Note: the "format" property above is incorrect. Format would refer more the physical characteristics of an item, rather than its type or genre (e.g. "article", "book", etc.). I'd rather have the main class for the li be "article" in this context, than the fairly meaningless "citation." Of course, one could have both, which would be fine too. -- bruce
Mike straw format suggestion
In the interests of starting debate and having something concrete to fix, I suggest the following structure for a format. It is probably very incomplete and I claim no microformat expertise. I'm just trying to follow existing patterns. Comments and ridicule are both solicited. -Mike
The citation format is based on a set of fields common to many bibliographic data formats, which are often implied by standard citation display styles but not explicitly marked up in practice on the web.
The citation schema consists of the following:
- title: required, text (class = fn)
- subtitle: optional, text
- authors: optional, use hCard
- publication date: optional
- link(s) to instantiations, optional, url or use rel-enclosure? (class=url)
- UID, optional (for ISBN, DOI - use existing uid class) | permalink
- series (aka volume/issuenum) , optional (not as sure how to handle these - suggestions?)
- pages: startpage & endpage, optional, text
- venue, optional (hCard)
- publisher, optional (hCard)
- container: optional (nested hCite)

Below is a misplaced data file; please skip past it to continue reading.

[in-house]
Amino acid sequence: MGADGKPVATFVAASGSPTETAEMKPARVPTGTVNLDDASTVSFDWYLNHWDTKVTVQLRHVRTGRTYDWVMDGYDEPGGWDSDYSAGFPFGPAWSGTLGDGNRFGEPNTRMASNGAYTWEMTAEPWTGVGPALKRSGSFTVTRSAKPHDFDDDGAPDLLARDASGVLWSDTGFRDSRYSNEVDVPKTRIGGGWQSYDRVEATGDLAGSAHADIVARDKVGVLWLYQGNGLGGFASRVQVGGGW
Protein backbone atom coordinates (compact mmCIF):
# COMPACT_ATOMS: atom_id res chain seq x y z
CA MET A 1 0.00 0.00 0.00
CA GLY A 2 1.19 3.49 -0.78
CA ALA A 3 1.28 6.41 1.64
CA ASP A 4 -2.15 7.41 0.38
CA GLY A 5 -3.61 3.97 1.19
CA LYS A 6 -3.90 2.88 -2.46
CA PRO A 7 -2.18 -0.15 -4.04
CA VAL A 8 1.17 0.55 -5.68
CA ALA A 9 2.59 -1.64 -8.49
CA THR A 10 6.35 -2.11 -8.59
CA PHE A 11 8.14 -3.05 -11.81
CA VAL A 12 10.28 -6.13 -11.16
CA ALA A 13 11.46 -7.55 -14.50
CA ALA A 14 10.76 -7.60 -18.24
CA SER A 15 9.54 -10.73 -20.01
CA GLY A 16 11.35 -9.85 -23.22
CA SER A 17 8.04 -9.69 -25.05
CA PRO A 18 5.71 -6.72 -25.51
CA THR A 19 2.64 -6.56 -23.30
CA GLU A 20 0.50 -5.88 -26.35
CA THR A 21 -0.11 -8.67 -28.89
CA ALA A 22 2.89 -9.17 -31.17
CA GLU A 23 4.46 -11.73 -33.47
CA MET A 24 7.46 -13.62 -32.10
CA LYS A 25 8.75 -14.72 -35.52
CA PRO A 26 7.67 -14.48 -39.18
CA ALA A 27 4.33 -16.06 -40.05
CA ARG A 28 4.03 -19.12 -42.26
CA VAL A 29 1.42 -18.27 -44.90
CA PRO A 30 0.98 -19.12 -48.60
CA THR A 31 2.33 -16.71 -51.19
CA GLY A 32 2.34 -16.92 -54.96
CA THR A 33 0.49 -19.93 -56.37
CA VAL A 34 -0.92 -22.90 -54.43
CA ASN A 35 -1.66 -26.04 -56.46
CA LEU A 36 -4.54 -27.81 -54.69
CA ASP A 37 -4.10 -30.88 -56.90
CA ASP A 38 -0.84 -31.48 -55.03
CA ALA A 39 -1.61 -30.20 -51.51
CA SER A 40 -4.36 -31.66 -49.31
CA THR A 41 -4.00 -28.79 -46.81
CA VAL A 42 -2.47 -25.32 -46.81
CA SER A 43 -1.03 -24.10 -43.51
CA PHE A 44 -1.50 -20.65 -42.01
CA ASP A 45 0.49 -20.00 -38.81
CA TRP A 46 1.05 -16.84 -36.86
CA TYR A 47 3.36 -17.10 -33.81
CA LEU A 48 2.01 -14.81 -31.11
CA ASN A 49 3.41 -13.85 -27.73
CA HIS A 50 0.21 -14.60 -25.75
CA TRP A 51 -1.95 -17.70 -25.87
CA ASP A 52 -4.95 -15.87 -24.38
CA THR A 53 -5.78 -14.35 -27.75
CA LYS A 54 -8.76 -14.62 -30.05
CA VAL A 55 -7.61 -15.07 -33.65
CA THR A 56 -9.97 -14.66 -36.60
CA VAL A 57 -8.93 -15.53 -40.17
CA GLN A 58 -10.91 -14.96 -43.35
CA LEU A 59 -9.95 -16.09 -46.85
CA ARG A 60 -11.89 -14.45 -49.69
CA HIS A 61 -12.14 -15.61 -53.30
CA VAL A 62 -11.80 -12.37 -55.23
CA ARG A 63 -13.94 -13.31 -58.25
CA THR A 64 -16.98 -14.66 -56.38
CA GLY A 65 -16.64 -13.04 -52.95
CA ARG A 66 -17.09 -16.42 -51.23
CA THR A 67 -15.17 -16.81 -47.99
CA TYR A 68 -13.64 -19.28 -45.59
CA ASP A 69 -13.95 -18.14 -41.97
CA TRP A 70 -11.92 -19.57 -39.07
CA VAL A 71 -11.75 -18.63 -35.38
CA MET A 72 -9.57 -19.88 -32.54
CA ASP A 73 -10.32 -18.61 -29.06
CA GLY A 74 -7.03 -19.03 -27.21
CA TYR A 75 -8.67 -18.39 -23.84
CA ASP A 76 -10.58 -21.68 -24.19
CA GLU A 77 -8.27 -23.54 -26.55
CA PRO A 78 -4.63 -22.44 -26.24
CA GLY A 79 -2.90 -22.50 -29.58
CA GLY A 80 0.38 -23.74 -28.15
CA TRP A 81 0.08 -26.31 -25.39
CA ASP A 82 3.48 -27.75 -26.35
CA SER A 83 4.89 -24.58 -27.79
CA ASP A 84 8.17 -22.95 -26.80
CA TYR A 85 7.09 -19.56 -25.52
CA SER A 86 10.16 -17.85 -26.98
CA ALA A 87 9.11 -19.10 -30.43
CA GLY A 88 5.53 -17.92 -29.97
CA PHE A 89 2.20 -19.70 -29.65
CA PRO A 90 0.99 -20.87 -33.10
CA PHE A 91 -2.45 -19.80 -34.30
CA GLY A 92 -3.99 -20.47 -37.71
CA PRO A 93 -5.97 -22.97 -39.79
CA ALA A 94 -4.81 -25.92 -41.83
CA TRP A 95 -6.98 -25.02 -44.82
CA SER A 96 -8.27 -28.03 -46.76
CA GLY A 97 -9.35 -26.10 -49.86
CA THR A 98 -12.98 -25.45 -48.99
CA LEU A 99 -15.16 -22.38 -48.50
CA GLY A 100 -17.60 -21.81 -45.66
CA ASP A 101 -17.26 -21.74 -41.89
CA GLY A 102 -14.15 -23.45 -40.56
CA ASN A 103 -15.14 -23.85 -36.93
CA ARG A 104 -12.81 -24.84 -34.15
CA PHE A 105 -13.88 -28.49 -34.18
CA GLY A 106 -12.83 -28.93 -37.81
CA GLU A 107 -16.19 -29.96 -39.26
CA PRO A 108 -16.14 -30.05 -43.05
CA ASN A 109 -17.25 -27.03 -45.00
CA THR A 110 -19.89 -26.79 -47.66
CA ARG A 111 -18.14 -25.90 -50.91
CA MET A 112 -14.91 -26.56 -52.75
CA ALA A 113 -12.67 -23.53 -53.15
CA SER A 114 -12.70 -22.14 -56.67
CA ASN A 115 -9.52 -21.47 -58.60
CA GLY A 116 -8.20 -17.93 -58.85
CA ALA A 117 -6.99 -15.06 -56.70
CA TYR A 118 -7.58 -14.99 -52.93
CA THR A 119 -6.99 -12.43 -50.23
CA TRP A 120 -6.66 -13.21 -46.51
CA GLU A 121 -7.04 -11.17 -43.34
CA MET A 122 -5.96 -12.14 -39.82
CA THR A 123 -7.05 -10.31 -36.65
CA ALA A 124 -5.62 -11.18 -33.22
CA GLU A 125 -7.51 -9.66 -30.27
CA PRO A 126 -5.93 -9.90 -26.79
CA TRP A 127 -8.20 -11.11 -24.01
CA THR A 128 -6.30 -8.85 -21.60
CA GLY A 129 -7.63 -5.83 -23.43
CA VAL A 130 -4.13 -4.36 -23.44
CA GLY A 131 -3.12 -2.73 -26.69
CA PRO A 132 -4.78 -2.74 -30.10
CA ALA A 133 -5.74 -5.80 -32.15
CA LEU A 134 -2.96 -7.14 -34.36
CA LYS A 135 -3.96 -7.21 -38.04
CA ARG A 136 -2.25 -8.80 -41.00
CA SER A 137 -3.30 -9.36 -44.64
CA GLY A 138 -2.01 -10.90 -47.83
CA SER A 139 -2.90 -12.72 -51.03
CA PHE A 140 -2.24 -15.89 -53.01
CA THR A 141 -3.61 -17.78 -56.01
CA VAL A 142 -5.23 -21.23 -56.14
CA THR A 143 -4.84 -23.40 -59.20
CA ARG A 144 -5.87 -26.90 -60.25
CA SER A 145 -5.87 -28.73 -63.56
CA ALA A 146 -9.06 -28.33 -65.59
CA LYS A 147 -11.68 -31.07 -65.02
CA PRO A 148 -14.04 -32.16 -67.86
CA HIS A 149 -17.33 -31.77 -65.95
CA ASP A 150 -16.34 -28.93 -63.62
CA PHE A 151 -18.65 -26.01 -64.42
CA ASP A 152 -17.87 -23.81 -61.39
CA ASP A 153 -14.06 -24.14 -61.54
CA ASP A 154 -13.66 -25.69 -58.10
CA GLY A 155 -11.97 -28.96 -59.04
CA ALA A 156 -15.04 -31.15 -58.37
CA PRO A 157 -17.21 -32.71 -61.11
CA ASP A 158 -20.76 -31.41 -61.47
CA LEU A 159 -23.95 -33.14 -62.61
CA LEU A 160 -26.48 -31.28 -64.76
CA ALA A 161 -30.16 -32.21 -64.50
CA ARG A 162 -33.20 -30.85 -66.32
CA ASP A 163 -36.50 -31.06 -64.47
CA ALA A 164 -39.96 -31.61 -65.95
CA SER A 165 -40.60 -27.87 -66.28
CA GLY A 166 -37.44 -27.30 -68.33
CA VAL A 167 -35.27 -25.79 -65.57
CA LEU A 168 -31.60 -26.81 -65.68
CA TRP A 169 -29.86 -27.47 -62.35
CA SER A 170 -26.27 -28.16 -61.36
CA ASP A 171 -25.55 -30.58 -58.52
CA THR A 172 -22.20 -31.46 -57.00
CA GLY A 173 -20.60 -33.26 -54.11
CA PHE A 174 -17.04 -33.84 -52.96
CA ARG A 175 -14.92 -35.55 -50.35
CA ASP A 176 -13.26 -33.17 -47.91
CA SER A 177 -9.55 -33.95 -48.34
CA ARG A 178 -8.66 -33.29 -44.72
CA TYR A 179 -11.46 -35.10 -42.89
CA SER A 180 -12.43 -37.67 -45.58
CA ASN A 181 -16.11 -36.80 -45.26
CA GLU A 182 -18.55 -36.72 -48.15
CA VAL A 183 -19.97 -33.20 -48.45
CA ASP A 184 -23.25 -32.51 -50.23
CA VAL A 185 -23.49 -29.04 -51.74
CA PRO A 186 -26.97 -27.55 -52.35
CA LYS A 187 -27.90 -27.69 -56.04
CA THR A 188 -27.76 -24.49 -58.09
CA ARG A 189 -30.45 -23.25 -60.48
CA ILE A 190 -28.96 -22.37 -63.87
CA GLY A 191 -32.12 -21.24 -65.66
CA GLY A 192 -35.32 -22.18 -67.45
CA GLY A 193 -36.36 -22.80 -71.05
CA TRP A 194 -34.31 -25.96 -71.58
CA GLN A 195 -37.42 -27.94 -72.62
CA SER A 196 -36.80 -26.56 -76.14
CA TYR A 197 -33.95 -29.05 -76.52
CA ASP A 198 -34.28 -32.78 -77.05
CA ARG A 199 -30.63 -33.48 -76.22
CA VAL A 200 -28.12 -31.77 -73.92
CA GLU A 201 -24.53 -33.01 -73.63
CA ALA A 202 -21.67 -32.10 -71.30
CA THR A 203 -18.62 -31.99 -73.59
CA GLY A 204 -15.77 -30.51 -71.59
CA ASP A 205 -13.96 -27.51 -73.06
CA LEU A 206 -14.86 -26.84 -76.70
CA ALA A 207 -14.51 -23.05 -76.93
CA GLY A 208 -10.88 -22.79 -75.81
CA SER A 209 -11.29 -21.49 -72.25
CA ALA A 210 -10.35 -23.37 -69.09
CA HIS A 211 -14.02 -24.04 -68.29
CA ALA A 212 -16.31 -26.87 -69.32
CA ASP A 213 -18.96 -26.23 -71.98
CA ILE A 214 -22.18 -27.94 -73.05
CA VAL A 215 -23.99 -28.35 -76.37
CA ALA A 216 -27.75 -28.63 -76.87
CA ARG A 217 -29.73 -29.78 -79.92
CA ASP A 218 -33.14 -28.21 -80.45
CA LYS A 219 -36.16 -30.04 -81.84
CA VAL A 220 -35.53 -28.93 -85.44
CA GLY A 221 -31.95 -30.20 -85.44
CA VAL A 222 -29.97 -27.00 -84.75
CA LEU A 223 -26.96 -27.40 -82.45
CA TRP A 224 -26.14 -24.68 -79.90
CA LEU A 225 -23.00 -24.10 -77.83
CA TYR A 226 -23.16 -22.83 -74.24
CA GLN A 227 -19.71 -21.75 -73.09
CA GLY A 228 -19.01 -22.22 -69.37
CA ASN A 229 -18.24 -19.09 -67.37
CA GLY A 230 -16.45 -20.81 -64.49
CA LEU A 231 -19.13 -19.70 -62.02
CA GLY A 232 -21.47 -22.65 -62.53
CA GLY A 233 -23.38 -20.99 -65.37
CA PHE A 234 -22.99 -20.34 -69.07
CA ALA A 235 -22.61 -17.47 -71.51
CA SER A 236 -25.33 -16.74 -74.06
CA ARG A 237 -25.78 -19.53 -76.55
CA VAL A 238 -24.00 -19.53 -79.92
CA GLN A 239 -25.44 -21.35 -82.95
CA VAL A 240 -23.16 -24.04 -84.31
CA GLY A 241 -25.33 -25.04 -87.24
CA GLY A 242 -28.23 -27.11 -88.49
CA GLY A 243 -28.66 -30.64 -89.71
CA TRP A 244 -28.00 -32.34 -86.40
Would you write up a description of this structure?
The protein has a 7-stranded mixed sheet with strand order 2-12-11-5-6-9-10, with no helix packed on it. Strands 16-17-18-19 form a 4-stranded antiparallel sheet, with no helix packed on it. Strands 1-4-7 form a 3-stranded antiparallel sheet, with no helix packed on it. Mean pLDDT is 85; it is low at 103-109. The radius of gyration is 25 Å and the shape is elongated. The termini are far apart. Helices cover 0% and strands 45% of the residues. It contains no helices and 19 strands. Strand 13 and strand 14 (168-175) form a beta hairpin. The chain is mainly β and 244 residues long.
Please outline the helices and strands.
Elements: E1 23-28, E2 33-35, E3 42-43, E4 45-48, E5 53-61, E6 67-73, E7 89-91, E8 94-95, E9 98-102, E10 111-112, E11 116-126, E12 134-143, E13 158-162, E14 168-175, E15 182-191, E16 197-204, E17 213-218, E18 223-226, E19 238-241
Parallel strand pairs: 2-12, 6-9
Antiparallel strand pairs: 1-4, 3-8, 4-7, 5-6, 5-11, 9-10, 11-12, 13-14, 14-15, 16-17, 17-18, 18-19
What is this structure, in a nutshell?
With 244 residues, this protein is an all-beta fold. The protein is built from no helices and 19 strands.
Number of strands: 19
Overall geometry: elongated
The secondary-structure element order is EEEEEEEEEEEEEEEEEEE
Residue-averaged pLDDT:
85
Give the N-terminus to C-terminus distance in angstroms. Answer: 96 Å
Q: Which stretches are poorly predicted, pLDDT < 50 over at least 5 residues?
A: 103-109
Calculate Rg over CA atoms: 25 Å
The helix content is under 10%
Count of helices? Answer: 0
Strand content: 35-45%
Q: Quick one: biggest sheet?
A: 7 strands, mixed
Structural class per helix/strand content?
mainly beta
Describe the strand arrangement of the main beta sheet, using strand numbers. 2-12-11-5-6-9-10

- abstract, optional (blockquote + class="abstract" ?)
- notes, optional (blockquote + class="notes" ?)
- keywords, optional (rel-tag)
- image, optional (for inclusion inline, unlike the url)
- copyright, optional (rel-license)
- what else am I missing?
- language, optional
The following are translations into the citation format.
Note: some of these are just placeholders right now. Please feel free to fill them in!
Citing Private Communication
- published-date seems a weird fit, but it works...
private communication, Michael Jordan, May 2004
Needs a formatted example.
Citing Legal Cases
Needs an example. Here's some info I found about citing law:
I'm not a lawyer, so I'm relying on the published "blue book" standard, at least the only part of it I can get without paying $25. I'd be happy to hear improvements from experts in the field - how do lawyers mark up references to case law in HTML now?
From groklaw.net and eff.org, I find mostly just links to PDFs with the name of the case as the link text. Or just this, from EFF:
<h1>The Betamax Case</h1> <h2>Sony Corp. of America v. Universal City Studios, 464 U.S. 417 (1984)</h2>
From an example at the sample bluepages: http://www.legalbluebook.com/pdfs/bluepages.pdf 5 basic components:
- 1 name of the case (citation title)